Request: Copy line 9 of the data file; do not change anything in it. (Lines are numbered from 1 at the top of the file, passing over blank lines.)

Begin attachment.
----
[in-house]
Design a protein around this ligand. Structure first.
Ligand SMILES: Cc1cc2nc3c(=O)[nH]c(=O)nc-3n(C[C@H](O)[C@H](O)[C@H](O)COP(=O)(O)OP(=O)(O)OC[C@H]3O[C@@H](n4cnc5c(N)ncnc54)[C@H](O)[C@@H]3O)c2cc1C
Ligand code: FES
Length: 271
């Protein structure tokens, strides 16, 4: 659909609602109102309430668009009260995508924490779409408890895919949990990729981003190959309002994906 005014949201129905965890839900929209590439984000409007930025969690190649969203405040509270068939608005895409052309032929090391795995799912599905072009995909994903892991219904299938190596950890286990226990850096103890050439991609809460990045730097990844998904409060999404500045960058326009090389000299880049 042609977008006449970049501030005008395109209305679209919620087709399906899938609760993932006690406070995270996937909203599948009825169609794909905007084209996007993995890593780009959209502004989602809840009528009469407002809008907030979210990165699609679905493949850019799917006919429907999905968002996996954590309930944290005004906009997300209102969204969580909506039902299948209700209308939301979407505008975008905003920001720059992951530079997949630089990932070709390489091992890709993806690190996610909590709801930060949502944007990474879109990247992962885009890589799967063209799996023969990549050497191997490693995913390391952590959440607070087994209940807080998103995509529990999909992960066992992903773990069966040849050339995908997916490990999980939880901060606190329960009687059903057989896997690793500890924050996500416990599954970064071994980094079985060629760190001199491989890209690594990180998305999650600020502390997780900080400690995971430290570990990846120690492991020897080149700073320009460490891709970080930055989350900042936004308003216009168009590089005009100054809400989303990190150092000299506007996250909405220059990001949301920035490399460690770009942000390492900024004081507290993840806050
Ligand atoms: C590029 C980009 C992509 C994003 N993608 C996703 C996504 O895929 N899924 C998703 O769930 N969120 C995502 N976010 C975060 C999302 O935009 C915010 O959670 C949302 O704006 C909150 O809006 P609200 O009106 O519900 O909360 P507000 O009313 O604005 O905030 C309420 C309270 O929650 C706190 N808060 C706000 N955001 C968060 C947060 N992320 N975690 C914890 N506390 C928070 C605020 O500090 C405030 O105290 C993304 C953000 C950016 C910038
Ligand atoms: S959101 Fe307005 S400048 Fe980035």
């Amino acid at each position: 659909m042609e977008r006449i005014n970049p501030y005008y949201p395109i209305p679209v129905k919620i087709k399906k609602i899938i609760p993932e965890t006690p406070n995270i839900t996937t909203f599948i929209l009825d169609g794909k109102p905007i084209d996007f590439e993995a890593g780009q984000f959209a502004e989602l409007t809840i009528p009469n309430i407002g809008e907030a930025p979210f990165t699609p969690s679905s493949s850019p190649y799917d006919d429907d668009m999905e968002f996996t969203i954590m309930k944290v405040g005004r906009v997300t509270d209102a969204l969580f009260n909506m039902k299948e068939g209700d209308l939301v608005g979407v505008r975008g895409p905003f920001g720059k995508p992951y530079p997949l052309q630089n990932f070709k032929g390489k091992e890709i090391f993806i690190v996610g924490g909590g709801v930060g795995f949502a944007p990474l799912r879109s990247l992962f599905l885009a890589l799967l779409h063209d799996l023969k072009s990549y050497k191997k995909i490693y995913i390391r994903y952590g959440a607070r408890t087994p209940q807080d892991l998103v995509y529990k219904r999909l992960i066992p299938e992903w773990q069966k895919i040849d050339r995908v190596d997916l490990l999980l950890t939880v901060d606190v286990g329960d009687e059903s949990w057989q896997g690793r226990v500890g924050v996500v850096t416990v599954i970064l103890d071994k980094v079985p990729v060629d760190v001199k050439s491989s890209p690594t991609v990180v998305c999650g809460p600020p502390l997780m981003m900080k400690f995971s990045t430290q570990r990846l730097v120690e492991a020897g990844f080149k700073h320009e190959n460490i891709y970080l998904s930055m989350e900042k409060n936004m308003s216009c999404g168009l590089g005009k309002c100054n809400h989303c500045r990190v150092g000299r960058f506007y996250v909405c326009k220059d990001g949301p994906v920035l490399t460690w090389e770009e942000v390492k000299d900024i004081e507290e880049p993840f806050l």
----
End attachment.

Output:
């Amino acid at each position: 659909m042609e977008r006449i005014n970049p501030y005008y949201p395109i209305p679209v129905k919620i087709k399906k609602i899938i609760p993932e965890t006690p406070n995270i839900t996937t909203f599948i929209l009825d169609g794909k109102p905007i084209d996007f590439e993995a890593g780009q984000f959209a502004e989602l409007t809840i009528p009469n309430i407002g809008e907030a930025p979210f990165t699609p969690s679905s493949s850019p190649y799917d006919d429907d668009m999905e968002f996996t969203i954590m309930k944290v405040g005004r906009v997300t509270d209102a969204l969580f009260n909506m039902k299948e068939g209700d209308l939301v608005g979407v505008r975008g895409p905003f920001g720059k995508p992951y530079p997949l052309q630089n990932f070709k032929g390489k091992e890709i090391f993806i690190v996610g924490g909590g709801v930060g795995f949502a944007p990474l799912r879109s990247l992962f599905l885009a890589l799967l779409h063209d799996l023969k072009s990549y050497k191997k995909i490693y995913i390391r994903y952590g959440a607070r408890t087994p209940q807080d892991l998103v995509y529990k219904r999909l992960i066992p299938e992903w773990q069966k895919i040849d050339r995908v190596d997916l490990l999980l950890t939880v901060d606190v286990g329960d009687e059903s949990w057989q896997g690793r226990v500890g924050v996500v850096t416990v599954i970064l103890d071994k980094v079985p990729v060629d760190v001199k050439s491989s890209p690594t991609v990180v998305c999650g809460p600020p502390l997780m981003m900080k400690f995971s990045t430290q570990r990846l730097v120690e492991a020897g990844f080149k700073h320009e190959n460490i891709y970080l998904s930055m989350e900042k409060n936004m308003s216009c999404g168009l590089g005009k309002c100054n809400h989303c500045r990190v150092g000299r960058f506007y996250v909405c326009k220059d990001g949301p994906v920035l490399t460690w090389e770009e942000v390492k000299d900024i004081e507290e880049p993840f806050l």